07 Jul 2021

Public sector wage battle threatens the economic recovery

Tertia Jacobs

Treasury economist

The government has run out of fiscal space to appease union demands for inflation-busting increases.

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The public sector wage bill has become one of the fastest-growing line items in the government’s budget. According to estimates by the National Treasury, compensating public sector employees accounted for more than 35% of consolidated national spending before the Covid-19 pandemic.

But the government has run out of fiscal space to appease public sector union demands for inflation-busting increases. If it continues to increase spending while revenue collection remains below pre-Covid levels it will need to continually borrow money, which is unsustainable. Should the country’s current fiscal trajectory continue, its sovereign debt dynamics will deteriorate further.

SA’s debt-to-GDP ratio is set to rise to nearly 90% in the next two to three years. An increase of consumer inflation plus one percentage point in the public sector wage bill could add about R130bn to baseline spending over the next three years. That implicitly means an increase in the budget deficit and a faster increase in the debt-to-GDP ratio.

The labour court judgment that backed the government’s decision to renege on the last increase in the three-year wage deal set a precedent related to borrowing to pay wages. While the unions have remitted the decision to the Constitutional Court, a ruling is unlikely before August.

The government is not in a position to hike taxes to increase revenue receipts or reallocate spending from capital projects, as this could constrain GDP growth.

These dynamics have created an untenable and unsustainable fiscal situation for the government — one that ratings agencies are closely watching. The agencies assess factors related to the government’s ability to repay debt. Borrowing money to cover wage increases would push SA further towards a debt trap.

Tertia Jacobs
Tertia Jacobs, Investec Treasury Economist

The [ratings] agencies assess factors related to the government’s ability to repay debt. Borrowing money to cover wage increases would push SA further towards a debt trap.

Imperils viability

The best way for the country to address the deficit is to contain spending, which includes a targeted R160bn reduction in the public sector wage bill over the next three years, as outlined in the February budget speech. This will be achieved through a wage freeze over the period.

The deadlock between public sector unions and the government threatens to halt the country’s fiscal recovery and imperils the long-term viability of the economy.

Labour law specialist Andrew Levy says there is much unnecessary rhetoric.

“While unions suggest public sector workers are all poorly paid and exploited, this is not true. In fact, public sector workers are the best-paid employees in the country. Compared to [their] private sector peers, public sector workers receive better remuneration and have better employment security. And they have all received full salaries throughout the Covid-19 lockdown.”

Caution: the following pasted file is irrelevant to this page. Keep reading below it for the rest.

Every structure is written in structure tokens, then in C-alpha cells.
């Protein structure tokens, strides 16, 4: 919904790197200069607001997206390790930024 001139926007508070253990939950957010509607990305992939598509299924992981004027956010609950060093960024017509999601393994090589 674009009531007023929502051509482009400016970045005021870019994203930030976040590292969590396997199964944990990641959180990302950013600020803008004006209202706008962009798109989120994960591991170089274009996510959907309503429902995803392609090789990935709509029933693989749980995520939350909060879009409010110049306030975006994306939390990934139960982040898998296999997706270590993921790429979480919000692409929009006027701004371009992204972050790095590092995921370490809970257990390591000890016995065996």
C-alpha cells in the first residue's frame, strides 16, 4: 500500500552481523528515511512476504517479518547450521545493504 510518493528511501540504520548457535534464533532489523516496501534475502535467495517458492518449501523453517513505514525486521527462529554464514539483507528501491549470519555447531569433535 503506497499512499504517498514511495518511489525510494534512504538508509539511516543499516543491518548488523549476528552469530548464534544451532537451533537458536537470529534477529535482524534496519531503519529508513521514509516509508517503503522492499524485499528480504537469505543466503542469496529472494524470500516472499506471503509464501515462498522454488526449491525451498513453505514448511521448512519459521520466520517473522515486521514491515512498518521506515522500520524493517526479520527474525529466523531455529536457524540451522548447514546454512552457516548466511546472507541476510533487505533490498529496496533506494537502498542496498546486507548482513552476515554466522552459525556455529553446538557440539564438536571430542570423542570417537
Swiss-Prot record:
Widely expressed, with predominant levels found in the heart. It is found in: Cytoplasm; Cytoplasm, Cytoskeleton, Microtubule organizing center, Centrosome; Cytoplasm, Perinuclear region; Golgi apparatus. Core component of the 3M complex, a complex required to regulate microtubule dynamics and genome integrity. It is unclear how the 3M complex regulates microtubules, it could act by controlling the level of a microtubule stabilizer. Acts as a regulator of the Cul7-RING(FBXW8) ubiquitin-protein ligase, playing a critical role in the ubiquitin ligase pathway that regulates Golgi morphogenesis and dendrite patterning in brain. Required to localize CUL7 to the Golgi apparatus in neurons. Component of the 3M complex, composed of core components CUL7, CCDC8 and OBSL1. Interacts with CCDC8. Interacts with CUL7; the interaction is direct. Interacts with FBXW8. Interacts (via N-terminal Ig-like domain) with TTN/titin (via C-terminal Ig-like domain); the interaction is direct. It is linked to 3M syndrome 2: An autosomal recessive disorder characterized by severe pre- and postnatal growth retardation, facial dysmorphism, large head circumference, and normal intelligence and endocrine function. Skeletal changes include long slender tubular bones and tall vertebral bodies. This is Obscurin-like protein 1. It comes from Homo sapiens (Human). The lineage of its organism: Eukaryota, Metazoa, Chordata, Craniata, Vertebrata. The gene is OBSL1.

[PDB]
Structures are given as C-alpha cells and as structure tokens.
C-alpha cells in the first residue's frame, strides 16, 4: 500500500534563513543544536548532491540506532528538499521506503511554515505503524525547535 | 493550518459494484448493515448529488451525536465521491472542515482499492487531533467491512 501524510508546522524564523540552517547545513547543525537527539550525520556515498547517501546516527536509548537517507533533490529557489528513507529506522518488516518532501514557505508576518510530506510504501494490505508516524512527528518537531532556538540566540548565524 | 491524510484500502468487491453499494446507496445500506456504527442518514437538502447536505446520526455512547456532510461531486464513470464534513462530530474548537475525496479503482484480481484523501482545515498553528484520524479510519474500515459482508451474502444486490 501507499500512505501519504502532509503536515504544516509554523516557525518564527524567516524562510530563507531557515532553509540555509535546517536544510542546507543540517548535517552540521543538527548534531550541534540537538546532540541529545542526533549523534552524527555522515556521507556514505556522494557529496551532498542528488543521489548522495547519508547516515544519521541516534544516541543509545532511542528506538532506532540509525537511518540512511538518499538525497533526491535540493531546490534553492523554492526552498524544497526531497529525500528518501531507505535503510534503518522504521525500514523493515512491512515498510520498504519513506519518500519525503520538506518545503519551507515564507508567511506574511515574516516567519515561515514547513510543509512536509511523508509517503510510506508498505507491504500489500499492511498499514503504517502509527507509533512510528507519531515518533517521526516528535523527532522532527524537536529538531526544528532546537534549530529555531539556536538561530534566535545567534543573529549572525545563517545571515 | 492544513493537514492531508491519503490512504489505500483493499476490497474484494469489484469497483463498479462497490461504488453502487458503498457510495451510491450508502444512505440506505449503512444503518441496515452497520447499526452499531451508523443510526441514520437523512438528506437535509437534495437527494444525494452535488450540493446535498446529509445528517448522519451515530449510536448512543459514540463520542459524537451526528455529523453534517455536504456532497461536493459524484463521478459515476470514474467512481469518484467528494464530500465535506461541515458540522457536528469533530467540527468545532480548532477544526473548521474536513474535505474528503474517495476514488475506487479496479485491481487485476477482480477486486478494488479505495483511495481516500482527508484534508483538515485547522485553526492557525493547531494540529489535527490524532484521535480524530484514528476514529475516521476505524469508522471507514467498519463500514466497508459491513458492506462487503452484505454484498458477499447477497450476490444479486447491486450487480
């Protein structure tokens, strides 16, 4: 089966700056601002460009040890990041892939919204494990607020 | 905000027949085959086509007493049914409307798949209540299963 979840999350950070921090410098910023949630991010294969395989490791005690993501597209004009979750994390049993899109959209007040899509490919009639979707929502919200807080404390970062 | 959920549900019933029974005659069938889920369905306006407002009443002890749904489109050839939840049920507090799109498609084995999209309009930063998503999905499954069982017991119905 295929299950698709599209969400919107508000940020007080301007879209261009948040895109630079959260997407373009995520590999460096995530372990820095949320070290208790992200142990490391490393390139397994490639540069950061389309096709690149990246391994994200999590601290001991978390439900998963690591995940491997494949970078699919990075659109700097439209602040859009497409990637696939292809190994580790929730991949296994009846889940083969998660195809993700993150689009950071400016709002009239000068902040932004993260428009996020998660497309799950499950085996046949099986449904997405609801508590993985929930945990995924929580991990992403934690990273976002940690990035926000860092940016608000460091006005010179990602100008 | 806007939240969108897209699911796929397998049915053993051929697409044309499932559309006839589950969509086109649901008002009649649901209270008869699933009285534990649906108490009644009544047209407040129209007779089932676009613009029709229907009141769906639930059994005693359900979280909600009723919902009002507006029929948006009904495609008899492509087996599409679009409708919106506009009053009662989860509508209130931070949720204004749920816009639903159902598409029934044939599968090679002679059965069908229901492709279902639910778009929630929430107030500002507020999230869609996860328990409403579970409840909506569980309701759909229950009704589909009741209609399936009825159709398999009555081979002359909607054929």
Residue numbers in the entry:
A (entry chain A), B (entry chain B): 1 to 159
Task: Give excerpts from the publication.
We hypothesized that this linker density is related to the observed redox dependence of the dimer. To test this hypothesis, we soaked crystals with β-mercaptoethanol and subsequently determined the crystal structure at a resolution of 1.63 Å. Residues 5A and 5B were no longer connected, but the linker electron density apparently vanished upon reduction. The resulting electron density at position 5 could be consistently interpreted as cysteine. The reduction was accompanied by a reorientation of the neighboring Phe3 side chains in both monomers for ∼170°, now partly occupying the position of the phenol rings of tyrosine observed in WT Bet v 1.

Levy says the unions should acknowledge the country's economic reality and recognise the economic impact that Covid-19 has had on wages.

“The unions continue to make outrageous, unrealistic demands that amount to 80%-100% increases in certain instances when all benefits are included. They need a reality check and to recognise the constrained conditions that stop employers, including the government, from meeting these demands.”

Listen to the full discussion between Tertia Jacobs and Andrew Levy

Podcast

Jacobs and Levy unpack the public sector wage dispute in Investec's No Ordinary Wednesday podcast with Jeremy Maggs.

Debt repayments

Levy also questions the effectiveness of this approach as part of a negotiating strategy, saying that while opening demands with a 100% increase may leave much room to move, it is ill-advised because settling at 4%-5% will require significant concessions. Eventually, though, one of the parties will need to concede.

The question is: will the government stick to its position of a lack of available funds? Or will there be disruptive and destructive industrial action before an agreement is reached? If there is, how long will a strike last?

Levy says that protracted industrial action is unlikely because well-paid public sector workers cannot afford to miss debt repayments due to lost wages, and while there might be pockets of resistance from front-line health workers and teachers’ unions, in general any strike should be sporadic and short-lived. Due to public worker lifestyles they are not in a position to withstand a protracted strike.

Ultimately, the government’s offer of 1.5% is the best outcome from an affordability perspective.

“It is a canny move because it technically shifts the mandatory annual notch increase from a spurious payment and allocates it to a base payment.”

This move should appease ratings agencies, which will view it as the government keeping to its mandate on spending reforms.

Considered in the context of the country’s macroeconomic factors, borrowing and debt servicing costs, and economic growth, this is the best outcome from a debt sustainability perspective. 

Freeing up more of the national budget to increase capital spending on infrastructure projects is the best way to stimulate growth and drive the country’s economic recovery.

This article originally appeared in Business Live.

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